Of course what's truly remarkable about Jobs is that he lived a life so full of incident that perhaps no biography has the space to cover the broad sweep of his life. He accomplished as much as 10 ordinarily famous men. Maybe the upshot is that you just can't fit a man like this in a book, even if that book's nearly 600 pages.
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Showing 1-10 of 71 posts in this discussion
Initial post: Oct 28, 2011 11:50:23 AM PDT
Barbara Dourmashkin-case says:
Very thought provoking comments. Thank you.
Posted on Oct 30, 2011 9:53:29 AM PDT
Last edited by the author on Oct 30, 2011 9:55:02 AM PDT
P. M Palmer says:
I enjoyed reading this book, but it is far from gripping. Heck, I thought it could have been better written, and more complete in details. I also was surprised by how personable and decent a guy Gates can be.
Posted on Oct 30, 2011 1:05:07 PM PDT
I thought there was a great deal of info about Pixar, Steve's contribution, how Lasseter even 'came to be' so to speak. That you missed those makes me wonder if you perhaps skipped sections of the book?
Posted on Nov 1, 2011 3:03:36 AM PDT
I think you missed some stuff. I thought he covered how dire the financial crisis got adequately. And they covered the Jackling house. He decided when he got married that he wanted to raze the 1925 mansion to the ground and build a much smaller home, with a lot of the property converted to garden and fruit orchard. The conservationists kept him in legal battles for 20 years, so he allowed it to fall into disrepair, making it less valuable as an historic building. Once he finally got permission earlier this year, it was too late to build a new home. The book didn't mention that he razed it anyways, but I'd guess the home was too far gone by that point.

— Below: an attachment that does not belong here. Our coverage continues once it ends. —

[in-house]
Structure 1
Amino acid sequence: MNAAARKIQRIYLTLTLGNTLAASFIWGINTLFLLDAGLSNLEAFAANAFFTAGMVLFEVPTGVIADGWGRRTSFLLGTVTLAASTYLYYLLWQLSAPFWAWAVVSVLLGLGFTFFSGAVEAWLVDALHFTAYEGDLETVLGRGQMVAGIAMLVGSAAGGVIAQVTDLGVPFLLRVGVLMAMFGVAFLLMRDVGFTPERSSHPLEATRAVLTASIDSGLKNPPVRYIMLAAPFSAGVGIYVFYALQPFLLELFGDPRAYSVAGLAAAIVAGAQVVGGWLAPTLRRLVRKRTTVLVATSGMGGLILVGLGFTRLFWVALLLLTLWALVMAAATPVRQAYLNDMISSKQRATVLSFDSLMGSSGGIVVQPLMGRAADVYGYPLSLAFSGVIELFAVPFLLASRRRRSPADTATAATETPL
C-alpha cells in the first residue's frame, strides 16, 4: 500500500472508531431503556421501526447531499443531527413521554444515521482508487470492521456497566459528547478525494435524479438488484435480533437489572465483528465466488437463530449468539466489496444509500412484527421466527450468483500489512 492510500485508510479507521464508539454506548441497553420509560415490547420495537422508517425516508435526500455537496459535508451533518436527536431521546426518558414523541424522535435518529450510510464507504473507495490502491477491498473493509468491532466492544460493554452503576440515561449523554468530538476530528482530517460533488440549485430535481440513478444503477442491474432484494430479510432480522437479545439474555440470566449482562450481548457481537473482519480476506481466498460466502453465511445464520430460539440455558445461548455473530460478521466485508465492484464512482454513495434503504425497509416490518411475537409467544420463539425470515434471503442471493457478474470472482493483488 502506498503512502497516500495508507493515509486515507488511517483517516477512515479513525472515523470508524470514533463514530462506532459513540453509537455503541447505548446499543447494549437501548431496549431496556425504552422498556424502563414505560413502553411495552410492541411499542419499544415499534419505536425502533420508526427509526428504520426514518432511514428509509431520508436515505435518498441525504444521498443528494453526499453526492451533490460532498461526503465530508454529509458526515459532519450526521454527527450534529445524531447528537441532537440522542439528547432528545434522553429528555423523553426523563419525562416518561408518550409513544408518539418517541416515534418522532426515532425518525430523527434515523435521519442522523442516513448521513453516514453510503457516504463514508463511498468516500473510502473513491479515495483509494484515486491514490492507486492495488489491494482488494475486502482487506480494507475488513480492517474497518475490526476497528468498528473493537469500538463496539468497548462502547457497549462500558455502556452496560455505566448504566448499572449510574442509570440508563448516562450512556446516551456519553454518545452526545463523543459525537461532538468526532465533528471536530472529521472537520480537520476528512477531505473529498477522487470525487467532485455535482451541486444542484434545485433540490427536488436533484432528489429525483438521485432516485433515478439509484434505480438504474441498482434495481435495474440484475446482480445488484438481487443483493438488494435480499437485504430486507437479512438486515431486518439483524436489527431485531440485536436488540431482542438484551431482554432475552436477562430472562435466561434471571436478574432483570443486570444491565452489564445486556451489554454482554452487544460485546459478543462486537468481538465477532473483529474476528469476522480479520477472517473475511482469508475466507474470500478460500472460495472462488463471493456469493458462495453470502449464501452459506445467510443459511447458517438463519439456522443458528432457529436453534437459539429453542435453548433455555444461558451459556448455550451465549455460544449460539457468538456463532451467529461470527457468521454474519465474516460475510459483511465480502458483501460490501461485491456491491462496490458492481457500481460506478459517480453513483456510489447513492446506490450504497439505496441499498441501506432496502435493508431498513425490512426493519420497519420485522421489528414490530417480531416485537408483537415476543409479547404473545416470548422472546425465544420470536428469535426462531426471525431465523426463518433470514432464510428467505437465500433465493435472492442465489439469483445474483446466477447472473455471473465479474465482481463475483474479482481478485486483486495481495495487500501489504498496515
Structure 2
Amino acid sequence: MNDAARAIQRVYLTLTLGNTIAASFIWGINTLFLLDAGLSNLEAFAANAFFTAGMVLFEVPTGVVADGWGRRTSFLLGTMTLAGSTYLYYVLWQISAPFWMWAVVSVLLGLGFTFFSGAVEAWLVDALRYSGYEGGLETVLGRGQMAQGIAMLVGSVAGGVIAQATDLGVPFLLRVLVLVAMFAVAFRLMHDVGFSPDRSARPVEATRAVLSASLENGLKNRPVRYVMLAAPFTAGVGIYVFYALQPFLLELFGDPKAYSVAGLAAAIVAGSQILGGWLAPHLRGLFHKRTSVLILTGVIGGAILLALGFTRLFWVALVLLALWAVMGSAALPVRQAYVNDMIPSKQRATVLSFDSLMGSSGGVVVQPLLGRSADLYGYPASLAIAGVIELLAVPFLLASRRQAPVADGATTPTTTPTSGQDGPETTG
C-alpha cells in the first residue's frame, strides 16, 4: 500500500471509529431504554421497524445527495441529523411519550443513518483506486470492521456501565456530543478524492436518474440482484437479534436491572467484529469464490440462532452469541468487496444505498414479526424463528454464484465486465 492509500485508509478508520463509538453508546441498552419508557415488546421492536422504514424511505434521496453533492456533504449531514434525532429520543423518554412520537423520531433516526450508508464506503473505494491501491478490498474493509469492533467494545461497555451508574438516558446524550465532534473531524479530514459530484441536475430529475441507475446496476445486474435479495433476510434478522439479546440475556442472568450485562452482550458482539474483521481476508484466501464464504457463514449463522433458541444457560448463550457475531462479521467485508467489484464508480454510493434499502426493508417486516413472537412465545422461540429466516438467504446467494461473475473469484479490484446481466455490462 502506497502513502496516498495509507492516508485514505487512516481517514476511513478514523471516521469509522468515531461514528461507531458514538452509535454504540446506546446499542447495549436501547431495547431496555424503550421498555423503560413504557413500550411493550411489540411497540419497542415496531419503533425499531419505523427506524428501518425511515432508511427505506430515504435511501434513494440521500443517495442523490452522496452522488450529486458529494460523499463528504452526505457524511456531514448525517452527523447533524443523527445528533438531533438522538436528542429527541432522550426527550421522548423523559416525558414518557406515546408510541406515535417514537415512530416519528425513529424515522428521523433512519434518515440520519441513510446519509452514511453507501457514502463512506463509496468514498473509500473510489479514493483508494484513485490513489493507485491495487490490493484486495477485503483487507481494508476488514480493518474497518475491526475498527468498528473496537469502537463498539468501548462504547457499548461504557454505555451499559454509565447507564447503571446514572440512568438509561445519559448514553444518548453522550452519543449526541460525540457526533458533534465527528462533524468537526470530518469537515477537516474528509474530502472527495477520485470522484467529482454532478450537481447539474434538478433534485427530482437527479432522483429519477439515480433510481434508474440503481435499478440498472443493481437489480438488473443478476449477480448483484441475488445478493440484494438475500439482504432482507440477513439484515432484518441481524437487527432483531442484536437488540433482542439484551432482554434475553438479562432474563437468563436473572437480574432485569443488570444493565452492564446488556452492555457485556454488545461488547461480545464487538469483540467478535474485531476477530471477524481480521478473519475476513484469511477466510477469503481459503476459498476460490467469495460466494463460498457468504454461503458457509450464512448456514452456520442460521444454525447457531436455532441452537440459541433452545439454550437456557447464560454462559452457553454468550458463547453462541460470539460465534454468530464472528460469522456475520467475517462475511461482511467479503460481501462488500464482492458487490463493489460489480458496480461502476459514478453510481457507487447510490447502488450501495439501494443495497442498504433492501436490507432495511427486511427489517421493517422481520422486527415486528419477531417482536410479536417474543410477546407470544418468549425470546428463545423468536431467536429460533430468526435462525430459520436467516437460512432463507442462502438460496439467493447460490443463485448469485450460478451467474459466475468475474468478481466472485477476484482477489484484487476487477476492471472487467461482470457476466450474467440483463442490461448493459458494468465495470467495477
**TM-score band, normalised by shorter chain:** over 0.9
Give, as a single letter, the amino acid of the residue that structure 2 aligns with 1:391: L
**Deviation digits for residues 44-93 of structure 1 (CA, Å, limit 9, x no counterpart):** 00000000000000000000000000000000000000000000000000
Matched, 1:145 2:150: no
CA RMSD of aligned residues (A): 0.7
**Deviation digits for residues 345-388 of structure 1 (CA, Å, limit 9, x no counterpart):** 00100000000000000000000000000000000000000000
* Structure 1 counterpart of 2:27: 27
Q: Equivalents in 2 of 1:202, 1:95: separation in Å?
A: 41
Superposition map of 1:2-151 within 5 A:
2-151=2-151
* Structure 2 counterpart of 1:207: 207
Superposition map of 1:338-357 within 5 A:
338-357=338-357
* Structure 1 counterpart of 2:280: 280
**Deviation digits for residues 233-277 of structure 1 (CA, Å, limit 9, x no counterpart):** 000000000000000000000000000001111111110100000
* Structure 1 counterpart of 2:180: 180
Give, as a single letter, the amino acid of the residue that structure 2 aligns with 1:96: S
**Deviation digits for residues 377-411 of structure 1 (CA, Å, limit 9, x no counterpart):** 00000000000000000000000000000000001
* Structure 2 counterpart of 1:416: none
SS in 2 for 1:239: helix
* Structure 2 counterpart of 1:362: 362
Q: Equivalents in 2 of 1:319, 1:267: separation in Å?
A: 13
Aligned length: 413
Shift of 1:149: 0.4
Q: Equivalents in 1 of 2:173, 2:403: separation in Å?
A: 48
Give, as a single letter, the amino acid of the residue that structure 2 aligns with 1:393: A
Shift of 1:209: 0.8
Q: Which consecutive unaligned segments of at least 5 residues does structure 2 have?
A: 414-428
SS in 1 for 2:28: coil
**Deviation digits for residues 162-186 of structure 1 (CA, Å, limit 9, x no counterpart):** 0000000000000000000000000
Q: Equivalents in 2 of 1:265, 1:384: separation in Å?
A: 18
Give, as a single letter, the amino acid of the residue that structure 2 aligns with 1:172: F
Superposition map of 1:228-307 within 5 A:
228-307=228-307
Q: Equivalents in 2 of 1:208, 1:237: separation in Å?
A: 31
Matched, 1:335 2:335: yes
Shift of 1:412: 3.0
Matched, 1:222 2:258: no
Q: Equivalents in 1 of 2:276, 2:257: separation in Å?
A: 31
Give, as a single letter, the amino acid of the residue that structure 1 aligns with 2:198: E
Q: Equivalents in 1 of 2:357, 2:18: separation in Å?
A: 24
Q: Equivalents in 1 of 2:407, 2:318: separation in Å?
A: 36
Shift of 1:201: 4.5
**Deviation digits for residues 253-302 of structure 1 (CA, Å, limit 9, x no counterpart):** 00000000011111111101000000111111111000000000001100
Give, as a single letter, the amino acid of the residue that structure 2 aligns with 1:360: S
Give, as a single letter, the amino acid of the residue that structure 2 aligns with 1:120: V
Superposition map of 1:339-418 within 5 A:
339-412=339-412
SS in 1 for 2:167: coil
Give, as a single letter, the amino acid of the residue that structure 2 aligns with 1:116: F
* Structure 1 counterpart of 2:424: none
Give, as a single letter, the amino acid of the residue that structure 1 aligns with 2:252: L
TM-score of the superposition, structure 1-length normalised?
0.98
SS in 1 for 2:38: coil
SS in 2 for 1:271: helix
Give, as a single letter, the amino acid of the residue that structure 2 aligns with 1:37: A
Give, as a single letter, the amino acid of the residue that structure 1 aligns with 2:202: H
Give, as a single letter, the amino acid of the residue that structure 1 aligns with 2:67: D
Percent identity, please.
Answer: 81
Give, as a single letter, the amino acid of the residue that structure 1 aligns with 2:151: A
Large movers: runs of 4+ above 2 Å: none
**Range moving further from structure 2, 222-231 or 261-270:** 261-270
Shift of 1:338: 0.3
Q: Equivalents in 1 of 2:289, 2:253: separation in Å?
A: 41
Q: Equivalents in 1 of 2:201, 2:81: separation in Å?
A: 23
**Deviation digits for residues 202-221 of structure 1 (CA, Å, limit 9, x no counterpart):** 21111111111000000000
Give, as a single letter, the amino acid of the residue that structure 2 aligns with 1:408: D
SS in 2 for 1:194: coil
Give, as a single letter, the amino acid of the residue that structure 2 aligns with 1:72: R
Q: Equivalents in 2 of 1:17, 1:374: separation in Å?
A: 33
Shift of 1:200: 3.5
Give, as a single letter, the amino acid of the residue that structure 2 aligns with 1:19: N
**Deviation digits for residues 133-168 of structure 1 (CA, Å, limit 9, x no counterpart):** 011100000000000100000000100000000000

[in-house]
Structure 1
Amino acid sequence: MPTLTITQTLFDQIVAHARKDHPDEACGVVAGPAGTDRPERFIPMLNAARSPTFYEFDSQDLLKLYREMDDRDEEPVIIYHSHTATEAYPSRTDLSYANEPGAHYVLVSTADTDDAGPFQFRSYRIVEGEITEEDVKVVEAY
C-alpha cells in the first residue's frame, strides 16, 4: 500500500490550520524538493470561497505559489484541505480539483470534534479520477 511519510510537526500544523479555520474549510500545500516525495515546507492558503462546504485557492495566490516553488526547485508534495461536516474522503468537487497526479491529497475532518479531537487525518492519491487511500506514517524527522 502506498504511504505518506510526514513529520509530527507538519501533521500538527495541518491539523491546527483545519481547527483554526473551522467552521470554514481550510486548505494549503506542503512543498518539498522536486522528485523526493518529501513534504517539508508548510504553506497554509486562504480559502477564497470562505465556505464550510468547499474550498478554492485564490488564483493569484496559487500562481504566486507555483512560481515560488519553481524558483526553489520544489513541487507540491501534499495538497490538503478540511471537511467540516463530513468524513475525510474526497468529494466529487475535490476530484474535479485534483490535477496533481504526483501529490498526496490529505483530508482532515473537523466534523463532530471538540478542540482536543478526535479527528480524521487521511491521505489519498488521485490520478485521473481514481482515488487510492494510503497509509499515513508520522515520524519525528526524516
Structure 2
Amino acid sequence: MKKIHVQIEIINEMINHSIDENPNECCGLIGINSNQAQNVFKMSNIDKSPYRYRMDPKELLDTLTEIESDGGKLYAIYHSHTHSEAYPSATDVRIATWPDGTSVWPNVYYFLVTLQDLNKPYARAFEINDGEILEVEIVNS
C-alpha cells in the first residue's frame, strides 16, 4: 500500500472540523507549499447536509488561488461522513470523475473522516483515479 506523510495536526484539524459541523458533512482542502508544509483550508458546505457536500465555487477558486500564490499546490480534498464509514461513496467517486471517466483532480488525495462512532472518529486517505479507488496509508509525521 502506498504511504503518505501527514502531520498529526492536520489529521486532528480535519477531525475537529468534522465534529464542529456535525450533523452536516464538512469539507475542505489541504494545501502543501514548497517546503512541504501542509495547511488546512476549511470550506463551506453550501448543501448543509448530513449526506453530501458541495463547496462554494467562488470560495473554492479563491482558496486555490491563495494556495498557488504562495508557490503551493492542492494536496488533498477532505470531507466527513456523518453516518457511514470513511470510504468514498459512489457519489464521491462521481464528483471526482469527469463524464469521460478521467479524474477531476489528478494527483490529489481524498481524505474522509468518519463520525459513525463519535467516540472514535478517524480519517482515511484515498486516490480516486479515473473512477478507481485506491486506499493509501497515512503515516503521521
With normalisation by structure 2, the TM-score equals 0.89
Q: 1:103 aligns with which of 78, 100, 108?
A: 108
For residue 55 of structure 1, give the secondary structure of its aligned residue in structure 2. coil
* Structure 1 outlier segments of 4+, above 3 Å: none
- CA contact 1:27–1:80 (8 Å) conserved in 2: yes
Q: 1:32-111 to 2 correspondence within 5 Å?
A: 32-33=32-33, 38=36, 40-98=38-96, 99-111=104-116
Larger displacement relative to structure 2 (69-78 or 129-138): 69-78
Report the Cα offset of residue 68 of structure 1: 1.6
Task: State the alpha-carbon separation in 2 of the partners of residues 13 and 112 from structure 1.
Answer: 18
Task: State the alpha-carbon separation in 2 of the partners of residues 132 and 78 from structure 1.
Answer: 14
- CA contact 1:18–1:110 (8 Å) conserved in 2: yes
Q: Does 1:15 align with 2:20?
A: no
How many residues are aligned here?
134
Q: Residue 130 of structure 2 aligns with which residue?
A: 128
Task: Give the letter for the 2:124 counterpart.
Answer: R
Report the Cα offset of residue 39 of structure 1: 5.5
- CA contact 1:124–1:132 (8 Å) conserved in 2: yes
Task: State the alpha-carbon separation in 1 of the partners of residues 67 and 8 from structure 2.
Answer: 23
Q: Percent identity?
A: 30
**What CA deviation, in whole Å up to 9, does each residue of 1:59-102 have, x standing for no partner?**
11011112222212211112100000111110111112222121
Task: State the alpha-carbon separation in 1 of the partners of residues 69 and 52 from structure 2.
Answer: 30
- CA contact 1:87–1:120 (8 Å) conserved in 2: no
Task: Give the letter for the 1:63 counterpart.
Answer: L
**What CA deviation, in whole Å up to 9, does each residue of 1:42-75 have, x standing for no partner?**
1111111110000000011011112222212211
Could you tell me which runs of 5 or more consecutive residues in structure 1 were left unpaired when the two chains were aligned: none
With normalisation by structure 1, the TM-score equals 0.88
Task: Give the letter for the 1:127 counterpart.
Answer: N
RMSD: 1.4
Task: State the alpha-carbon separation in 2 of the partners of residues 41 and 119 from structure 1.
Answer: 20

Posted on Nov 1, 2011 8:07:19 AM PDT
Zongxiang Wang says:
You have given a very critical review of this book. Also, you are right, '... you just can't fit a man like this in a book...'. It's true. Thanks for review.
Posted on Nov 2, 2011 6:15:46 AM PDT
Al B says:
Excellent review, one gets a clear view of the book, pluspoints and outpoints.
Posted on Nov 2, 2011 6:04:37 PM PDT
[Deleted by Amazon on Nov 8, 2011 2:40:12 PM PST]
Posted on Nov 3, 2011 8:58:32 PM PDT
John Campbell says:
What a fantastic review! Many thanks for spending the time & energy to assess this book as you've done. A thoroughly professional job!
In reply to an earlier post on Nov 8, 2011 8:16:32 AM PST
David Dennis says:
Yes, there was a significant amount of information there but I would have loved to have seen more. My point in the review was not that these subjects were not covered at all, but that much of the coverage felt rushed and incomplete.
You should note that I still gave the book five stars and said that you pretty much have to read it if you are at all interested in Jobs.
The book's main text was over 500 pages long, which probably stretches the amount of time many people are willing to stick with a book. As I said at the end of my review, someone who's accomplished more than what ten more typical famous people have may be impossible to put in a single book.
Thanks for writing :)
Posted on Nov 8, 2011 8:21:19 AM PST
[Deleted by Amazon on Nov 8, 2011 12:46:53 PM PST]